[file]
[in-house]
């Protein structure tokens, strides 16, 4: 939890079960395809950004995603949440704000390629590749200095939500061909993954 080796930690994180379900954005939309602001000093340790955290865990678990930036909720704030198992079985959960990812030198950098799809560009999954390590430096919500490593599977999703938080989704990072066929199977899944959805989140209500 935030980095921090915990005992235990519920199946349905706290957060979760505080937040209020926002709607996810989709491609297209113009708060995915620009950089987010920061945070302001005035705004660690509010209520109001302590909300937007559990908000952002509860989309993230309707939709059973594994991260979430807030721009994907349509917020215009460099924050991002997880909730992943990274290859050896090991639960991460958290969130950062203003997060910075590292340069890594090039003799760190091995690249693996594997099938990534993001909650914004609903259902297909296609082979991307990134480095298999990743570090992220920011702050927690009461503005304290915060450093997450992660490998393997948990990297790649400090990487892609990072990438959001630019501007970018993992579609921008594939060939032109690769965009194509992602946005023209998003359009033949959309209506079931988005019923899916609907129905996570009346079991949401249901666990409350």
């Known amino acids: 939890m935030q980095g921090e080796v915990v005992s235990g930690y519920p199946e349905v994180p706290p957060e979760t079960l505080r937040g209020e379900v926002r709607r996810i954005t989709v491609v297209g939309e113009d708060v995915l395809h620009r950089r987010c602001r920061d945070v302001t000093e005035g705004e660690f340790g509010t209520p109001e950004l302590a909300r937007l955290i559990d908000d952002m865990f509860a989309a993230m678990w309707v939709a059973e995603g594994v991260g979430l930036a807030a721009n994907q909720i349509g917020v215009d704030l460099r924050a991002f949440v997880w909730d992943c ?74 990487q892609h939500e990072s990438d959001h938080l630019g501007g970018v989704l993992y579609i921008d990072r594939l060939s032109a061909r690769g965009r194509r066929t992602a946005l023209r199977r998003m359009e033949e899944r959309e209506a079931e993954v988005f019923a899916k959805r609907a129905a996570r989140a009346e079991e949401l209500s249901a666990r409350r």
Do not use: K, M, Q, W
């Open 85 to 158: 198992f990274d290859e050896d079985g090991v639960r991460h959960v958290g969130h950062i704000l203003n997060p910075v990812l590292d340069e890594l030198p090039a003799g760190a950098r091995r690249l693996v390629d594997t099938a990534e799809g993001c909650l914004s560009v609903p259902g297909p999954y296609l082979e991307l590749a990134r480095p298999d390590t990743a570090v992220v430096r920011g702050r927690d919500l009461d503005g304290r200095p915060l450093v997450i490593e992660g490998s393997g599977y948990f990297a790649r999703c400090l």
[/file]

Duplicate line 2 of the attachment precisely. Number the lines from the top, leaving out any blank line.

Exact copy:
């Protein structure tokens, strides 16, 4: 939890079960395809950004995603949440704000390629590749200095939500061909993954 080796930690994180379900954005939309602001000093340790955290865990678990930036909720704030198992079985959960990812030198950098799809560009999954390590430096919500490593599977999703938080989704990072066929199977899944959805989140209500 935030980095921090915990005992235990519920199946349905706290957060979760505080937040209020926002709607996810989709491609297209113009708060995915620009950089987010920061945070302001005035705004660690509010209520109001302590909300937007559990908000952002509860989309993230309707939709059973594994991260979430807030721009994907349509917020215009460099924050991002997880909730992943990274290859050896090991639960991460958290969130950062203003997060910075590292340069890594090039003799760190091995690249693996594997099938990534993001909650914004609903259902297909296609082979991307990134480095298999990743570090992220920011702050927690009461503005304290915060450093997450992660490998393997948990990297790649400090990487892609990072990438959001630019501007970018993992579609921008594939060939032109690769965009194509992602946005023209998003359009033949959309209506079931988005019923899916609907129905996570009346079991949401249901666990409350």